And of course we cannot say anything about Radiology in this day and age without mentioning Artificial Intelligence…

Finally, there is the ultimate threat: replacement by the machine. Of course, this issue is marbled throughout health care as we enter the digital age. To date, most claims that “this technology will replace doctors” (in areas ranging from diagnostic reasoning to robotic surgery) have proven to be hype.

However, in fields that are primarily about visual pattern recognition, the promise (or, if you’re a radiologist, the threat) is much more real. Studies have shown that computers can detect significant numbers of breast cancers and pulmonary emboli missed by radiologists, although nobody has yet taken the bold step of having the computers completely supplant the humans, partly because there are armadas of malpractice attorneys waiting to pounce, and partly because, at least for now, the combination of human and machine seems to perform better than either alone.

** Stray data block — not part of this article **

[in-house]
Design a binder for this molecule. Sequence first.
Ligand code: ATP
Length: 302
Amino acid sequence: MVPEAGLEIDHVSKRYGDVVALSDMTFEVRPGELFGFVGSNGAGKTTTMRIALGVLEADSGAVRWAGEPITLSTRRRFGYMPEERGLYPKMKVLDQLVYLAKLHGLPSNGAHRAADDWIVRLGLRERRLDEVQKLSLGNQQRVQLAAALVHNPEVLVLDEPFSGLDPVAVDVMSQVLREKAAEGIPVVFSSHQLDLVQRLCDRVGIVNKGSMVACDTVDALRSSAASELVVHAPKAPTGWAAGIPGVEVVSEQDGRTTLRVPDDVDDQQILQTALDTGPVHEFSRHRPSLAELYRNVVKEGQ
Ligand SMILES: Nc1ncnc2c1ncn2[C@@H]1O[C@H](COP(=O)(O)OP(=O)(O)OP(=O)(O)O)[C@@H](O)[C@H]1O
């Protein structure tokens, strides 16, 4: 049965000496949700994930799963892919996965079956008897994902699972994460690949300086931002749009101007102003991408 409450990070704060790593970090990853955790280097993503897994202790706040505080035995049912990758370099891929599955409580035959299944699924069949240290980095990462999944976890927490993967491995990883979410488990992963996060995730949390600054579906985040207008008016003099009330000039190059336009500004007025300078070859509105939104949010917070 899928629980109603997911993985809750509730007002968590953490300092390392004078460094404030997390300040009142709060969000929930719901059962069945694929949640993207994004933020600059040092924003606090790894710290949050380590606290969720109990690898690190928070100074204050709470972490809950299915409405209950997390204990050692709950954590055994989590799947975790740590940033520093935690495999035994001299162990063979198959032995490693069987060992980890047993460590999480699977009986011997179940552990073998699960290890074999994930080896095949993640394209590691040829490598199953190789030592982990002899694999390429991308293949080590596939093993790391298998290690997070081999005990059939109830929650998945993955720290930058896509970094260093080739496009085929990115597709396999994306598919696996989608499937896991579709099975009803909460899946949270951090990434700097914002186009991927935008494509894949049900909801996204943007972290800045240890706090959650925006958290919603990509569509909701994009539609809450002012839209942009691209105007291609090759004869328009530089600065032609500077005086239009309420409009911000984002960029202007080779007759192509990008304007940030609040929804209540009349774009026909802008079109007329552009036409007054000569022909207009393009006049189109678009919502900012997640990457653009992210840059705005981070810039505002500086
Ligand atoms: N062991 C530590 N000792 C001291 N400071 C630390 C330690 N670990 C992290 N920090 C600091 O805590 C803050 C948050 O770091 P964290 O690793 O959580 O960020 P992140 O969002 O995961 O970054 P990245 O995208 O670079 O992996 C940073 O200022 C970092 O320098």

I’m still not writing Radiology’s obituary quite yet.

All this being said, the greatest source of Dr. Wachter’s angst is the loss of collegiality (and congeniality) that PACS engenders. Since we now just sit in front of computers, we don’t talk to humans anymore. Or so it seems:

A few years ago, when I asked my interns and students to visit the radiology department to review the key films, they looked at me as if I had grown a second head. After my team humored me by accompanying me to the radiology department, I conducted a little sociology experiment. Standing outside my hospital’s chest reading room, I delivered a brief speech:

“Watch what happens when we enter. Does anybody turn around and welcome us, ask, ‘How can I help you?’ and seem genuinely enthusiastic? When they go over the X-ray, do they delve a layer deeper than what they said in the formal report? Do they make any teaching points? Does the radiologist suggest courses of action or ask provocative questions?”